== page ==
Infective endocarditis (IE), also known as bacterial endocarditis, is the inflammation of endothelial layer of heart. It is a very serious heart disease which is sometimes very difficult to diagnose and treat associated with high mortality and severe complications. IE is caused by bacteria that enter the bloodstream and settle in the heart lining, a heart valve or a blood vessel. It may also be developed on devices implanted in the heart, for example: artificial heart valves, pacemakers or implantable defibrillators. When normal blood components, like fibrin and platelets, stick to the bacteria, the resulting build-up is called a vegetation.
How Infective Endocarditis Affects Us?
Endocarditis can limit the heart’s ability to efficiently pump blood. Damaged infected valves can cause severe leaking (regurgitation) of blood back through the valve(s). Small pieces of vegetation can break off and travel through the blood vessels to other parts of the body and caused problems like stroke or tissue damage.
General signs of infection include fever, chills and leukocytosis (sudden increase in white blood cells) which can leads to sepsis. When vegetation breaks off, it can create emboli. If emboli breaks off and go to right-sided valves or chambers, it can cause lung pulmonary embolism; if it go to left sided valves or chambers, it might cause blockage in brain, kidney or spleen.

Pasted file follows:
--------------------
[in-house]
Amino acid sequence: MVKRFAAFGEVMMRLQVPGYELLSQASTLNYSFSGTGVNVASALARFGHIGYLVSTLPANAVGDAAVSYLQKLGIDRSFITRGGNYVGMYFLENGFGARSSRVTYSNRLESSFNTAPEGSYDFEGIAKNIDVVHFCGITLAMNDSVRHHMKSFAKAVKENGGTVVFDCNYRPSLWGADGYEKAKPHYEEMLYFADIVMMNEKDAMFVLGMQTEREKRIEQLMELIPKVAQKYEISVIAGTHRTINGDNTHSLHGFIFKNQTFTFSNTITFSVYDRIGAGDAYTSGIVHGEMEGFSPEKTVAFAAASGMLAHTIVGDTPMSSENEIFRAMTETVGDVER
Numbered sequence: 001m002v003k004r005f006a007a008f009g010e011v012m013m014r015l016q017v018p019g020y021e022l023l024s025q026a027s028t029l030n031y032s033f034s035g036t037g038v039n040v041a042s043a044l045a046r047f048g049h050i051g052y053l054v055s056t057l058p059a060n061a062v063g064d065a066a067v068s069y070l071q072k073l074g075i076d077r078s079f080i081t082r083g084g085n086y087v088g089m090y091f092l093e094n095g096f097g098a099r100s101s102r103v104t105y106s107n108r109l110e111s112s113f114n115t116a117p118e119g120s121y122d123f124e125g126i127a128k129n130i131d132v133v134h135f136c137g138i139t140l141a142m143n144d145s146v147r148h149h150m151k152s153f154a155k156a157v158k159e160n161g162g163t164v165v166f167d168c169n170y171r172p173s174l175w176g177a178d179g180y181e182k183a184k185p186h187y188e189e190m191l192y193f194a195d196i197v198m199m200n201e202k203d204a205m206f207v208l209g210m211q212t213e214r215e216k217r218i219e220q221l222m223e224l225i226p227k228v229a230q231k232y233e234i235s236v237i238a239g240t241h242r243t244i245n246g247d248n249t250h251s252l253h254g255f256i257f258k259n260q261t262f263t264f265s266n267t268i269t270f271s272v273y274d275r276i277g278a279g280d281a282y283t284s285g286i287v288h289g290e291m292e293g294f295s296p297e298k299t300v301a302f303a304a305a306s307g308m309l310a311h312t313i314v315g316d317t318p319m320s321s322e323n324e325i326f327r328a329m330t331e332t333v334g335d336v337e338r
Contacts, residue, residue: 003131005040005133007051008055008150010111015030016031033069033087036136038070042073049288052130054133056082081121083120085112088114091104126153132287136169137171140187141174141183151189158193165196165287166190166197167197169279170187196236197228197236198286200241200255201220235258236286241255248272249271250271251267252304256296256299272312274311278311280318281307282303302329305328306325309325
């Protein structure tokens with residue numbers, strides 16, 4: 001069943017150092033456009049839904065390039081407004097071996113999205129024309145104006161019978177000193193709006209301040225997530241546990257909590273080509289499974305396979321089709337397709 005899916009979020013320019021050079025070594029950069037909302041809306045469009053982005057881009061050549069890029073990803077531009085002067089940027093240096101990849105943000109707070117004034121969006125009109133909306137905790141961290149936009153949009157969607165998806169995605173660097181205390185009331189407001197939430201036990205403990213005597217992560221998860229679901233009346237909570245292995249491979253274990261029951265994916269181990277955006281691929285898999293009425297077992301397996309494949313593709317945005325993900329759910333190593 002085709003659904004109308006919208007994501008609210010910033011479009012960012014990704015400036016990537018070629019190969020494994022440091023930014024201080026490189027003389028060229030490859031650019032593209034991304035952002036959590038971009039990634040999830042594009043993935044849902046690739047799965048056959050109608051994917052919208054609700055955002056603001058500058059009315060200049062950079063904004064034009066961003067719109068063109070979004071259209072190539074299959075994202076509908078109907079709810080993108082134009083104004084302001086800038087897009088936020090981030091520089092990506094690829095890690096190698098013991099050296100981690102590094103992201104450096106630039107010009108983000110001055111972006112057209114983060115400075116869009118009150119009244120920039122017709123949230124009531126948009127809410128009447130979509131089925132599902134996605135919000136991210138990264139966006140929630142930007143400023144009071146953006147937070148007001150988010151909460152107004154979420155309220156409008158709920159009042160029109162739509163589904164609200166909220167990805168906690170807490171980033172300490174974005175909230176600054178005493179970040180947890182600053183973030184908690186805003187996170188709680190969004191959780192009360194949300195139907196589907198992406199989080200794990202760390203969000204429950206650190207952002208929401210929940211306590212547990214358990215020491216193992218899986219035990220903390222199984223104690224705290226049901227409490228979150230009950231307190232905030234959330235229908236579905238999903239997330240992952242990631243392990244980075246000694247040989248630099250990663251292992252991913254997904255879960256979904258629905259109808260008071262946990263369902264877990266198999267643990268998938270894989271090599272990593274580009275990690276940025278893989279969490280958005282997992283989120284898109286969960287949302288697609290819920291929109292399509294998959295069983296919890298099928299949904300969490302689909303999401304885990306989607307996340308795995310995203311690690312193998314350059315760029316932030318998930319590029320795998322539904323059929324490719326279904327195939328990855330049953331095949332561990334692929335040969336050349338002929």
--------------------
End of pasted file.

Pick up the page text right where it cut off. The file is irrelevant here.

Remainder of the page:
- An artificial (prosthetic) heart valve
- Heart valves repaired with artificial material
- History of endocarditis
- Congenital heart defects
- Abnormalities of the heart valves resulting from heart transplantation
- History of intravenous illegal drug use
Diagnosis of IE requires of multiple clinical, laboratory, imaging findings. Blood cultures should be incubated for a minimum of 7 days, which should result in a positive culture for 95% of IE cases. Duke criteria use a set of major and minor clinical and pathologic criteria to classify infectious endocarditis as definite, possible or rejected.
Goals of therapy
- Eradicate infection
- Treat sequelae of destructive intra-cardiac and extra-cardiac lesions
The choice and duration of treatment depend upon:
- the type of microorganism and its susceptibility profile
- allergy to antimicrobials
- whether infection involves a native and prosthetic valve
Treatment of IE should be tailored to etiologic agent.
- Common blood culture isolates include Staphylococcus aureus, streptococcus, enterococci and coagulase-negative staphylococci.
Effective antimicrobial treatment should lead to defervescence within 7-10 days.
If structural and functional integrity of cardiac valves damaged by infection, it may lead to valvular regurgitation or flow obstruction in valves with large vegetations. Hence, surgical intervention is warranted for valve dehiscence, perforation, rupture or fistula, or a large perivalvular abscess.